SAN MATEO (04/18/2000) - E-Support Provider Motive Communications targeted corporate IT departments with its MotiveNet Server Tuesday, expanding alliances with Dell Computer Corp., Compaq Computer Corp., and Hewlett-Packard Co., which plan to use the newly launched MotiveNet Server to create business-to-business e-service networks.
MotiveNet creates a Web interface for a knowledge base of common problems that may help ease most corporations' overloaded internal help desk and allows the help desk and external service providers to view the end-user's configurations, according to Robert Igou, senior analyst at Dataquest, in Mountain View, California.
Incorporating the latest MotiveNet technology, Dell Computer on Monday relaunched its Resolution Assistant, an Internet-based technical support offering the computer maker plans to roll out in all its laptops, PCs, and serves by the end of this year, said Gary Cotshott, vice president of Dell Services.
Using MotiveNet technology, Dell has installed a virtual Customer Help Desk option that resides within the corporate firewall, giving customers the option of controlling what information they wish to send down to Dell's main customer support.
For companies such as Dell, Compaq, or HP, the benefits of integrating MotiveNet into their e-support offerings is obvious, allowing much of their call volumes to be redirected into a server that may be able to resolve the user's problems without the need for expensive help desk personnel, Igou noted.
"Essentially, the way it will be deployed is, this server will become a first line of support before the corporate help desk within a company," Igou said.
If the problem cannot be solved through MotiveNet's knowledge base, Igou said that MotiveNet will escalate the problem automatically and refer it to the internal help desk. What differentiates Motive technology is that it knows what is happening on the computer and relays the end-user's relevant information, such as configurations, to the help desk, noted Igou.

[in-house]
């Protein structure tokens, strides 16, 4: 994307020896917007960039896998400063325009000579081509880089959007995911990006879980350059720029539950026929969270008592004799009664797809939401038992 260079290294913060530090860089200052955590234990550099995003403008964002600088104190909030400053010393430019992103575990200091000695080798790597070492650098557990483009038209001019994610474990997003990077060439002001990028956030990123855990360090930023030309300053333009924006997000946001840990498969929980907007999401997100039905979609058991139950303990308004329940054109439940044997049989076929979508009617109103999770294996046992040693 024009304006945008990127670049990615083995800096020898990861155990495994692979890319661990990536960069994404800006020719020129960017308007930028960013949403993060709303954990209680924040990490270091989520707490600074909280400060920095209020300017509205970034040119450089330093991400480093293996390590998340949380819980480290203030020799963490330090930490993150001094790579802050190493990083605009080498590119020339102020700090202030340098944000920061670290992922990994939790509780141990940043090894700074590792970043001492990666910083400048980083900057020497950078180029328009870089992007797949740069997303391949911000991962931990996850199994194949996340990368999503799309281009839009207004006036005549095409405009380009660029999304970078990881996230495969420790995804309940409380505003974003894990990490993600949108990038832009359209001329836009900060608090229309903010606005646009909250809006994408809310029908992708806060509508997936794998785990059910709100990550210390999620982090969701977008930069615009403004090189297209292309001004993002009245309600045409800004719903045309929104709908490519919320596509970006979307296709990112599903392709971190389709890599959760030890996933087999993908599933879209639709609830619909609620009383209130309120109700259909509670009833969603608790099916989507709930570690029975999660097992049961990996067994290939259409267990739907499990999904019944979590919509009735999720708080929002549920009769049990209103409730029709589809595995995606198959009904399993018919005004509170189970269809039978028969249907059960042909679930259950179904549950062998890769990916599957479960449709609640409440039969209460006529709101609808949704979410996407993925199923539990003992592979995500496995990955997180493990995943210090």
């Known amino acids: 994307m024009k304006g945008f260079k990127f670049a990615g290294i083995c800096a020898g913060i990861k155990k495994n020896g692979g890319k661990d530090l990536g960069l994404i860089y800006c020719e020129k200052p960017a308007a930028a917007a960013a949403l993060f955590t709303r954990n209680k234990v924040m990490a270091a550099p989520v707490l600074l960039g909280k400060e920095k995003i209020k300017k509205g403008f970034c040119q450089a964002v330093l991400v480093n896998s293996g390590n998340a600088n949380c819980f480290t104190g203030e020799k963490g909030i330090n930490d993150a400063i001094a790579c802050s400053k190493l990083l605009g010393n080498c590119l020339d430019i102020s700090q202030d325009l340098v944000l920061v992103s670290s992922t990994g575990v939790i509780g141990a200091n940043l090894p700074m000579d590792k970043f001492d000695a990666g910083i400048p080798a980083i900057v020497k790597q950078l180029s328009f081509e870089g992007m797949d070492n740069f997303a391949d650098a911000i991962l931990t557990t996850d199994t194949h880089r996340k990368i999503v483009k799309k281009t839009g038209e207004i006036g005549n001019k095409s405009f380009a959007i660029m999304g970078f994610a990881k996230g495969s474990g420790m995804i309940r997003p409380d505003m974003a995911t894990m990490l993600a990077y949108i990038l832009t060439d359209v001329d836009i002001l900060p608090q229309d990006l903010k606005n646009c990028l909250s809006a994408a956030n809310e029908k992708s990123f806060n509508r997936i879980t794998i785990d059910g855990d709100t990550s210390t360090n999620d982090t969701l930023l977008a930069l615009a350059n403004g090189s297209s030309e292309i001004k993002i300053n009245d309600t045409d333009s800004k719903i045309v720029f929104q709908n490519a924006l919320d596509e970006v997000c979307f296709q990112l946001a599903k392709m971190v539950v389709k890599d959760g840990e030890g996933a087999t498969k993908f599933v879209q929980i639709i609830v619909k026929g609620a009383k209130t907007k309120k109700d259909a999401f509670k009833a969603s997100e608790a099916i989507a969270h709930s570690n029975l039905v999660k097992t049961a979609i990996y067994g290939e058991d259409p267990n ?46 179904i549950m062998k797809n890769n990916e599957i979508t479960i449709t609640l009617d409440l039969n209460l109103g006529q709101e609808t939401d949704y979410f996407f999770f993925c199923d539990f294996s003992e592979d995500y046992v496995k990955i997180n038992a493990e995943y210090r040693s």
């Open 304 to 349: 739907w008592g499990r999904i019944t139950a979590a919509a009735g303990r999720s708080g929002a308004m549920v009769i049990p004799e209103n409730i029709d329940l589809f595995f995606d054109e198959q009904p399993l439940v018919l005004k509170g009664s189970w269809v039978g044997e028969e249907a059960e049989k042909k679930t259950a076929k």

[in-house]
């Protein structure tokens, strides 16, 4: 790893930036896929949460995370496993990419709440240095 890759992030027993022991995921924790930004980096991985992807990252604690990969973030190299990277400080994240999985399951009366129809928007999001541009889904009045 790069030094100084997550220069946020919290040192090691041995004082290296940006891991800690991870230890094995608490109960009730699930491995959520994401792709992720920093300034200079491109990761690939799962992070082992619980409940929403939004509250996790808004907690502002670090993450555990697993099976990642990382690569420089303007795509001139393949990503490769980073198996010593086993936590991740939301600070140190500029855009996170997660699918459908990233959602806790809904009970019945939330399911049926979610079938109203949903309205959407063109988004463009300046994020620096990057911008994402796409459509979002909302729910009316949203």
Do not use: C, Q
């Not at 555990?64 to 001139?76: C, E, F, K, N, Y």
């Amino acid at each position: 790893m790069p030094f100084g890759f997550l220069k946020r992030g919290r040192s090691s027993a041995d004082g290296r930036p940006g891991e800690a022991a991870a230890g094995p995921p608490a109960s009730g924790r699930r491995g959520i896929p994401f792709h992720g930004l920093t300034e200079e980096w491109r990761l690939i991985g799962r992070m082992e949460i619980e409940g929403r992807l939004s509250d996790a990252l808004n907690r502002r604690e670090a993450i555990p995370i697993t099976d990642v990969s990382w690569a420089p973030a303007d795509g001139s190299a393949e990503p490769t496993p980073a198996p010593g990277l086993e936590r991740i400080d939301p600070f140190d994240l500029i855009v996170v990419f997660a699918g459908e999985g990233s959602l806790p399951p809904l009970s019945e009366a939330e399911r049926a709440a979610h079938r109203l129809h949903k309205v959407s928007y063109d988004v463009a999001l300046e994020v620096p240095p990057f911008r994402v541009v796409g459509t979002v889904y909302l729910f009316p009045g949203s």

"They're getting that direct information from the software and the hardware, which is a whole lot better than an end-user telling them, 'It gave me a blue screen,' " Igou said.
Because MotiveNet also allows access through corporate firewalls -- a feature that Igou said distinguishes it from all other e-support offerings available -- the end-user can also be passed to an external service provider such as Dell, Compaq, or HP, with all of the relevant information and configurations.
"Once this problem is escalated to that external service provider, essentially, with a measured amount of security, they can have access to the end-user's desktop, and they're doing that through the firewall. And that's where the Duet server and a lot of other Internet applications have difficulty -- going through a company's firewall for security reasons," Igou said.
A company's internal help desk can decide what level of information the external service provider can access, Igou noted.
Additionally, enabling the external service provider to work through firewalls can allow the provider to fix some problems remotely, without needing the end-user or the internal help desk to follow instructions that can at times be confusing, Igou said.
"Some things can be fixed automatically. Depending on how much access the help desk has enabled them to have, they can either instruct the user or actually effect some changes remotely," Igou said.
Dell Computer Corp., in Round Rock, Texas, is at www.dell.com. Motive Communications, in Austin, Texas, is at www.motive.com.